Cars in Group 2

Volkswagen Polo 

The Volkswagen Polo is like the Swiss Army Knife of the car world, appealing to all different types of buyers because of its multitude of benefits. It’s spacious, practical and cheap to run - with insurance costs particularly low too. 

It’s also really easy to drive and is one of the go-to options for drivers who have just passed their test as a result. 

Hyundai i10

Hyundai has a strong reputation for creating low-cost cars that are also solidly built and reliable, with the i10 being a good example of this. It’s very well equipped but doesn’t break the bank, while a well-made interior means that it doesn’t feel basic inside either. 

With efficient engines, it won’t cost the earth to run, but being relatively low on power means that the i10 sits in an insurance-friendly Group 2. 


Cars in Group 3

Fiat 500 

Fiat’s 500 has been a real hit, proving popular with all types of buyers. Its style is something that really shines through, drawing inspiration from the classic 500 and transferring it onto a new and well-packaged platform. 

Plus, it’s great to drive, simple to operate and relatively inexpensive to repair too. This is one of the reasons why it sits within Group 3. 

Peugeot 107

Peugeot’s reputation for creating low-cost small cars is well known and the 107 is a prime example of this. It might lack somewhat in terms of outright refinement, but it makes up for this with low running costs and an easy driving style. 

Plus, it sits within Group 3, so it really won’t cost too much to keep insured.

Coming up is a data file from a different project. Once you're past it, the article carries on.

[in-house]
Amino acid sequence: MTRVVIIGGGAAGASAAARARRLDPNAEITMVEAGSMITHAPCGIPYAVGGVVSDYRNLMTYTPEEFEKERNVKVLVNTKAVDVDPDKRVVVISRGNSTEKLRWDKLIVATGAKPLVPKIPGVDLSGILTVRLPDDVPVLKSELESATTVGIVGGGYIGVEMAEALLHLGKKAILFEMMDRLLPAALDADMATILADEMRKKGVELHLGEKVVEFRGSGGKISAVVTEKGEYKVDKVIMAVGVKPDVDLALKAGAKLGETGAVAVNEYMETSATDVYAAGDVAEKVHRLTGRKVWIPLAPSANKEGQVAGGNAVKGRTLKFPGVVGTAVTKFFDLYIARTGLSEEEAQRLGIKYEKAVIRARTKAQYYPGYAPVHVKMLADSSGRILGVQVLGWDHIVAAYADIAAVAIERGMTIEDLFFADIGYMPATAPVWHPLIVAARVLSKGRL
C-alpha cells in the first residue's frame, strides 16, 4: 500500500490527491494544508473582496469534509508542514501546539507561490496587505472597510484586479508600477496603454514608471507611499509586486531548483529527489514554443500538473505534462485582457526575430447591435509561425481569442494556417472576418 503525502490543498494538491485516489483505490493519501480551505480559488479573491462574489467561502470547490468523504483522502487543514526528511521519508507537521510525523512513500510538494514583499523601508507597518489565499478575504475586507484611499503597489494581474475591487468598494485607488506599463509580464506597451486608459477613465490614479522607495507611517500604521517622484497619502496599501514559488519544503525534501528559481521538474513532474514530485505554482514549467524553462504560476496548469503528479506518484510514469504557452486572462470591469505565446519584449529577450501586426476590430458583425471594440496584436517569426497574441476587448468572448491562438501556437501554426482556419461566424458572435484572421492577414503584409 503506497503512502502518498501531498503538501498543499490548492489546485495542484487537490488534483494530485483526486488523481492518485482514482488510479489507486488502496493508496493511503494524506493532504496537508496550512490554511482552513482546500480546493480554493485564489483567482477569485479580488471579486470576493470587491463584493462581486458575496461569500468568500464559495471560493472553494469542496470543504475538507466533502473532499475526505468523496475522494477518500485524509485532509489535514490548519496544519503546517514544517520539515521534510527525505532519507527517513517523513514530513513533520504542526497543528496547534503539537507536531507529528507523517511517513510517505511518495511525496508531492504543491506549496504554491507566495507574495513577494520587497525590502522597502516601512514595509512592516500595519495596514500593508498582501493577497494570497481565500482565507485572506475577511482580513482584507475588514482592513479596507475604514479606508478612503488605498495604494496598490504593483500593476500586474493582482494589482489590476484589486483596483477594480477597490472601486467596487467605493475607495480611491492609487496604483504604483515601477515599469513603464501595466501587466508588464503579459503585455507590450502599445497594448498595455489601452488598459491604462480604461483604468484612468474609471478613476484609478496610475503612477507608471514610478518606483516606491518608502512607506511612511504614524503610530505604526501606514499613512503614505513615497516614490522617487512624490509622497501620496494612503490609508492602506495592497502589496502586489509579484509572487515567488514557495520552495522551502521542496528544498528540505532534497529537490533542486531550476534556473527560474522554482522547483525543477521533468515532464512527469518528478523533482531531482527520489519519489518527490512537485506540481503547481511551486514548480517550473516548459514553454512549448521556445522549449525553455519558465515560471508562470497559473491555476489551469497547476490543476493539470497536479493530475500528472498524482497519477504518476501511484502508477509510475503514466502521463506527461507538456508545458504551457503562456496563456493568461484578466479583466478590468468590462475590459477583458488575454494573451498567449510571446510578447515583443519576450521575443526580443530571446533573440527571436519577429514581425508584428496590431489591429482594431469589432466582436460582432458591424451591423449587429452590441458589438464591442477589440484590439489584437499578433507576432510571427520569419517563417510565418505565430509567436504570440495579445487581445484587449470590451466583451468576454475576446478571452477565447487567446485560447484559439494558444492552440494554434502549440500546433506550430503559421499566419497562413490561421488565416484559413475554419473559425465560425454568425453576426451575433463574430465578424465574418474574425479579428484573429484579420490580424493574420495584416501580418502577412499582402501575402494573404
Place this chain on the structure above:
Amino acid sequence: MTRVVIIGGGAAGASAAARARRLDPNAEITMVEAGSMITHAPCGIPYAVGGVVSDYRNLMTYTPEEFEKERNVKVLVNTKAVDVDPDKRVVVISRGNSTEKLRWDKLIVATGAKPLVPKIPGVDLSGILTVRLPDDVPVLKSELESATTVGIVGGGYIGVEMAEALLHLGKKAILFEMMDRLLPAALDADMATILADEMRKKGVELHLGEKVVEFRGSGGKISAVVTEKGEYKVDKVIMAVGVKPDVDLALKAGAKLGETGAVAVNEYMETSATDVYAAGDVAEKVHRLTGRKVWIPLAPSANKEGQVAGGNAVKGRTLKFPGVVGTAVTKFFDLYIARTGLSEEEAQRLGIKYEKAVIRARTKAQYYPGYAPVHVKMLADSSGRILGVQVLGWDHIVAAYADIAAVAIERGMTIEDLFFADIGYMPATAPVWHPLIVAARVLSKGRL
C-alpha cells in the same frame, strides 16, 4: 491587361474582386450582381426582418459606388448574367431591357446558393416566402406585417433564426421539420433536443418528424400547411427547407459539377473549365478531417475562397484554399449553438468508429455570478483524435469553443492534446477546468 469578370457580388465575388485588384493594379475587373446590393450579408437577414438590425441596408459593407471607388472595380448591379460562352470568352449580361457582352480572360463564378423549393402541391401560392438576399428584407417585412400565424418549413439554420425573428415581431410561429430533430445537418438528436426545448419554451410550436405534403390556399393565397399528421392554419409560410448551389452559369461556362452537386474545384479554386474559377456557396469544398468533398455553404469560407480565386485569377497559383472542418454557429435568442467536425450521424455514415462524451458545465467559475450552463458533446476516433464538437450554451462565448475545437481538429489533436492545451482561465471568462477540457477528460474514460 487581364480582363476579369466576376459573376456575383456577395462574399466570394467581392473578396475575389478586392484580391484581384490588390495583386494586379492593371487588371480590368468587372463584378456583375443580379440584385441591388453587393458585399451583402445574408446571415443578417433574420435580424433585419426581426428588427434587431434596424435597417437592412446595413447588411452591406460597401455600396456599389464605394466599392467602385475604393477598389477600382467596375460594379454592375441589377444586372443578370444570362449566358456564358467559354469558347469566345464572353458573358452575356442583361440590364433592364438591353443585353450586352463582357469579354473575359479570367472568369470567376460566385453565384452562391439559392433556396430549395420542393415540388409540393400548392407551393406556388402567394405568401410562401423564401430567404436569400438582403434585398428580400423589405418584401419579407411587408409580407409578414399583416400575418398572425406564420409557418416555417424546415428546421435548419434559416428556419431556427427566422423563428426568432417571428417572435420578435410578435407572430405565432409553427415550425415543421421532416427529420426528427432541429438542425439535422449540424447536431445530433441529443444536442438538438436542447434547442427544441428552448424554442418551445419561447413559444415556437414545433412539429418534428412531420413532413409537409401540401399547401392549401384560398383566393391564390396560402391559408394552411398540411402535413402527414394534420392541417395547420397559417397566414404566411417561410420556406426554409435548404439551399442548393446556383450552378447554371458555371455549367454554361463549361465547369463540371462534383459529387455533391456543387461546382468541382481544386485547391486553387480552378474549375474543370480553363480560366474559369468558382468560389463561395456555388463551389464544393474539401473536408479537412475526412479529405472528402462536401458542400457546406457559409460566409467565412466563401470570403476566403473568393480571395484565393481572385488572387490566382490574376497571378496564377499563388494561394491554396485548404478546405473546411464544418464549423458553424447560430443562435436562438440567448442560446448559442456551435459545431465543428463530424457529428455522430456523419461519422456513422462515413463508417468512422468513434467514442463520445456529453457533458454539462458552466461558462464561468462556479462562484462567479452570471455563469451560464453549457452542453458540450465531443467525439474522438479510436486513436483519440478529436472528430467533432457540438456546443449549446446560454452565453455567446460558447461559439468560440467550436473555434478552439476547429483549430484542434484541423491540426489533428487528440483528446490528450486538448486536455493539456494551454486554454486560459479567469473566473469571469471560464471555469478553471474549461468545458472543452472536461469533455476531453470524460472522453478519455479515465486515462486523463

How else can I cut down my insurance costs?

Opting for a lower-powered car will nearly always cause your premiums to fall, but there are some other things that do affect how much you’ll be paying for cover. These include:

  • How far you drive each year
  • Whether or not you’re using your car for commuting
  • Where you live
  • Other people classed as named drivers on your policy
  • Any non-factory extras that are fitted to the vehicle 
  • Where the car is parked overnight

Because of this, it’s hard to accurately say just how much you’ll save by picking one of these lower-group cars compared with a car in a higher insurance group. 

But while you’re under 25, you’re likely to be expected to pay quite a bit more than the £436 average annual cost of motor insurance in the UK reported by the Association of British Insurers for the first quarter of 2020.

That said, even if you fall within this ‘risky’ age group, there are some things you can do to reduce how much you pay for insurance. On top of purchasing a car in a low insurance group, these include:

  • Consider taking some advanced driving courses after passing your test
  • Keep claim-free to get your no claims bonus going 
  • Shop around for cover to make sure that you’re getting the best price
  • Think about having a ‘black box’ fitted - most insurance companies will require this from new drivers

With these savings in mind, it’s not out of the question to save a few hundred pounds on your next insurance policy. So what would £200 buy you?

  • A Dyson V7 Trigger handheld vacuum to make sure the cabin of your car is kept clean and tidy
  • A Roberts radio to keep your in-car sounds going in the house as well
  • Two pairs of Nike Free Run trainers to keep you on the move